First Re-Offer of Balance Flats exercise oversubscribed by almost 4 times

The Housing and Development Board’s (HDB) first Re-Offer of Balance Flats (ROF) exercise has been oversubscribed by about four times, with more than 5,500 applications received for the 1,394 flats on offer as of 5pm on Monday (Aug 7).

SINGAPORE: The Housing and Development Board’s (HDB) first Re-Offer of Balance Flats (ROF) exercise has been oversubscribed by about four times, with more than 5,500 applications received for the 1,394 flats on offer as of 5pm on Monday (Aug 7).

Of the total number of applicants so far, 2,647 are applying for an HDB flat for the first time, while another 2,175 are second-timers. The remaining applicants include singles as well as elderly residents who have applied at least twice before.

The ROF exercise pools all flats that remain unsold after a Sale of Balance Flats (SBF) exercise, to help those with more urgent housing needs or who are less particular about location and attributes to have quicker access to a flat.

In all, 1,394 unsold flats from the November 2016 SBF exercise were offered again. They include 110 two-room Flexi flats, 384 three-room flats, 624 four-room flats, 260 five-room flats, seven 3Gen flats and nine executive flats across various towns and estates.

“The ROF is more flexible especially for families that have urgent housing needs but are not particular about location and flat type,” real estate agency OrangeTee’s head of research and consultancy Wong Xian Yang said.

“For example if I’m looking for a flat – maybe my first choice is in Punggol, but I don’t mind Sengkang – because the ROF pools together unsold flats from several estates, there’s a higher chance you’ll be able to find something.”

“It’s also for families looking to move in soon, if they’re not willing to wait two-and-a-half to four years for a BTO flat,” he added.

According to HDB, ROF applicants will know the ballot results from about a week after the application period closes.

Shortlisted applicants will be invited to select and book a flat if there are available units, with the flat selection appointment taking place one to five months after applications close. During the selection appointment, applicants can select the location and flat type from the range of flats listed.

The ROF method of balloting may also have its upsides, according to SLP International’s head of research and consultancy, Nicholas Mak.

“The ROF exercise does solve some of the inherent problems that were experienced in the SBF flats system,” Mr Mak said. “This time round, the type of flats that the buyers would be offered does depend on the luck of the draw – after all they would be based on the outcome of a ballot.”

“So perhaps balloting is a fair way of allocating scarce resources like HDB public housing,” Mr Mak added.

About 71 per cent of flats offered under the ROF exercise are already completed.

“Going forward, the subscription rates for ROF exercises are expected to remain healthy,” said Mr Wong. “There’s still good demand for families looking for new HDB flats that are either completed or nearing completion.”

The ROF flats are part of the 5,291 flats put up for sale by HDB last Tuesday. They include 3,897 flats under the Build-To-Order (BTO) exercise, which range from two-room Flexi to five-room flats. They are spread across three projects in the non-mature towns of Bukit Batok and Sengkang.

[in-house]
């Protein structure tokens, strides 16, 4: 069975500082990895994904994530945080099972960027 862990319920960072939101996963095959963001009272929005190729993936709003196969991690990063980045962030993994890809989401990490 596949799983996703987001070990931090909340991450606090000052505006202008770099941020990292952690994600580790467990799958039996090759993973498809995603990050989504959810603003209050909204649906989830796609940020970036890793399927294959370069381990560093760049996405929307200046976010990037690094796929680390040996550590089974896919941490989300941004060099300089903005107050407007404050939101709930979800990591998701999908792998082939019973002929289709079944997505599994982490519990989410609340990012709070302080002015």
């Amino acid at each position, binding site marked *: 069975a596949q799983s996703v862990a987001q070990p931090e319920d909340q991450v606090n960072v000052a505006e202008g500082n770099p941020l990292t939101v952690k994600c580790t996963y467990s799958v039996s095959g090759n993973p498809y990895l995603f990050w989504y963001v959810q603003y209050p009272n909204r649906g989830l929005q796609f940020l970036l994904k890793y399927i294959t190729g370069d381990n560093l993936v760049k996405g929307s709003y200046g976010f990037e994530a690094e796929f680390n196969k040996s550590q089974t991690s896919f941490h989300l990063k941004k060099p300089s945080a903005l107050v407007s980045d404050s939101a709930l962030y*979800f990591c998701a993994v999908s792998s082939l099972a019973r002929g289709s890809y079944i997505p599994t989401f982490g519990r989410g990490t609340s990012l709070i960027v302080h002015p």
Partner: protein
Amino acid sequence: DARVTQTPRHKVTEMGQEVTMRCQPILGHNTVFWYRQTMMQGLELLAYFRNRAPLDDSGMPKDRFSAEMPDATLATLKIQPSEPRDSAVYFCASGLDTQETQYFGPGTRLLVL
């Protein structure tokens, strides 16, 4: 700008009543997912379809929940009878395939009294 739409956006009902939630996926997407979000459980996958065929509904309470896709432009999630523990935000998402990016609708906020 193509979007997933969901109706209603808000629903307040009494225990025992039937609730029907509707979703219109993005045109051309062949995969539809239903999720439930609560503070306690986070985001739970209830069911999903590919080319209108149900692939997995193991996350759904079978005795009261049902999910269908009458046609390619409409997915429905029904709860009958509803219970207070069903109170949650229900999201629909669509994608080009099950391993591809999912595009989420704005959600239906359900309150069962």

First-timer families get higher priority, HDB said previously, with at least 95 per cent of the flat supply set aside for them.


The overall subscription rate for BTO flats, meanwhile, continued its downward trend as compared to previous launches. As at 5pm, the overall subscription rate for three-room and bigger flats was 1.6, or three applications for every two flats. The rate was 2.9 in May 2017, and 3.3 in February 2017.

This is also party due to the location of the flats launched.

“The difference between May and August’s exercises is that in August, all the units launched were in non-mature estates as compared to May, when they were in Bidadari and Geylang,” said Mr Wong.

He added: “Singaporean households tend to favour homes in mature estates, because there’s more amenities in the area, so it tends to be more convenient. That could be one reason for the slight drop in subscription rates.”

The limited choices in August’s BTO exercise may have also contributed to a lower subscription rate, said Mr Mak.

“There are only projects in two towns that are being offered. And I think the other reason is that there (are) a lot more choices in the new ROF system, and that may have drawn away some of the interest,” he said. “For some of the buyers, they are also able to turn to the resale market or are attracted to the HDB resale market because prices have softened and have stabilised.”

The public housing market may also be reaching a “level of equilibrium”, according to Mr Mak.

“The Government is still keeping up a steady supply of new HDB flats especially for the first-timers, hence we see this gradual decline in the application rate for the BTO flats,” Mr Mak said.

“In fact in this round of exercise, the application rate for first-timers is less than two. Some of them are just at 1.0 to 1.1 times, meaning that almost every applicant among the first-timers will have a chance to apply and even get the flat they apply for,” he added.

Applications for new flats launched in this month’s exercise can be submitted via the HDB InfoWeb portal till midnight on Tuesday.

According to HDB, ROF exercises will be held twice yearly for a start in February and August, alongside BTO exercises.

Source: CNA/nc

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